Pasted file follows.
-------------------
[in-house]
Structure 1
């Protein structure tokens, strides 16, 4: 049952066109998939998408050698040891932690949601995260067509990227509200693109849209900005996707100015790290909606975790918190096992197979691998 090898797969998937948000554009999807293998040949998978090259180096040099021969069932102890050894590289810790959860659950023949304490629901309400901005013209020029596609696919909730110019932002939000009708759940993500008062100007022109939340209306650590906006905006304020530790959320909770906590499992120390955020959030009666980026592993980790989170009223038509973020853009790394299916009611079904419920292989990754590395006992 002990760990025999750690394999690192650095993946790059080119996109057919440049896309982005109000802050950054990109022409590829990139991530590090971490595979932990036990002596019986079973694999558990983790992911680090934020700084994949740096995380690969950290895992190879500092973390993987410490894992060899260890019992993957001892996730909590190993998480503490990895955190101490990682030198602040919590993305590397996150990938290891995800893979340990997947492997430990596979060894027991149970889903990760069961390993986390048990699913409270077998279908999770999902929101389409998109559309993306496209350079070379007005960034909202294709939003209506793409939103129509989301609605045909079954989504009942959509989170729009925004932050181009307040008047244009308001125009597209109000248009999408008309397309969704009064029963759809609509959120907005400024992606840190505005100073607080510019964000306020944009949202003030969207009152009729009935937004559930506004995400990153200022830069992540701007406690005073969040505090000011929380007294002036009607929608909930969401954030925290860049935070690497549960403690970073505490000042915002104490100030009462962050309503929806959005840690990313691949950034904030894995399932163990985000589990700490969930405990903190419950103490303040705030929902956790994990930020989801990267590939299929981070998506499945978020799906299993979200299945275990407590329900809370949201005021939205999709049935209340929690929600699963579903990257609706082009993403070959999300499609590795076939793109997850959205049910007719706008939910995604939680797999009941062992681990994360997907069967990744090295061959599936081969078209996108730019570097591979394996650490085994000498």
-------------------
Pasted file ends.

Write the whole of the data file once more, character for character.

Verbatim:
[in-house]
Structure 1
């Protein structure tokens, strides 16, 4: 049952066109998939998408050698040891932690949601995260067509990227509200693109849209900005996707100015790290909606975790918190096992197979691998 090898797969998937948000554009999807293998040949998978090259180096040099021969069932102890050894590289810790959860659950023949304490629901309400901005013209020029596609696919909730110019932002939000009708759940993500008062100007022109939340209306650590906006905006304020530790959320909770906590499992120390955020959030009666980026592993980790989170009223038509973020853009790394299916009611079904419920292989990754590395006992 002990760990025999750690394999690192650095993946790059080119996109057919440049896309982005109000802050950054990109022409590829990139991530590090971490595979932990036990002596019986079973694999558990983790992911680090934020700084994949740096995380690969950290895992190879500092973390993987410490894992060899260890019992993957001892996730909590190993998480503490990895955190101490990682030198602040919590993305590397996150990938290891995800893979340990997947492997430990596979060894027991149970889903990760069961390993986390048990699913409270077998279908999770999902929101389409998109559309993306496209350079070379007005960034909202294709939003209506793409939103129509989301609605045909079954989504009942959509989170729009925004932050181009307040008047244009308001125009597209109000248009999408008309397309969704009064029963759809609509959120907005400024992606840190505005100073607080510019964000306020944009949202003030969207009152009729009935937004559930506004995400990153200022830069992540701007406690005073969040505090000011929380007294002036009607929608909930969401954030925290860049935070690497549960403690970073505490000042915002104490100030009462962050309503929806959005840690990313691949950034904030894995399932163990985000589990700490969930405990903190419950103490303040705030929902956790994990930020989801990267590939299929981070998506499945978020799906299993979200299945275990407590329900809370949201005021939205999709049935209340929690929600699963579903990257609706082009993403070959999300499609590795076939793109997850959205049910007719706008939910995604939680797999009941062992681990994360997907069967990744090295061959599936081969078209996108730019570097591979394996650490085994000498």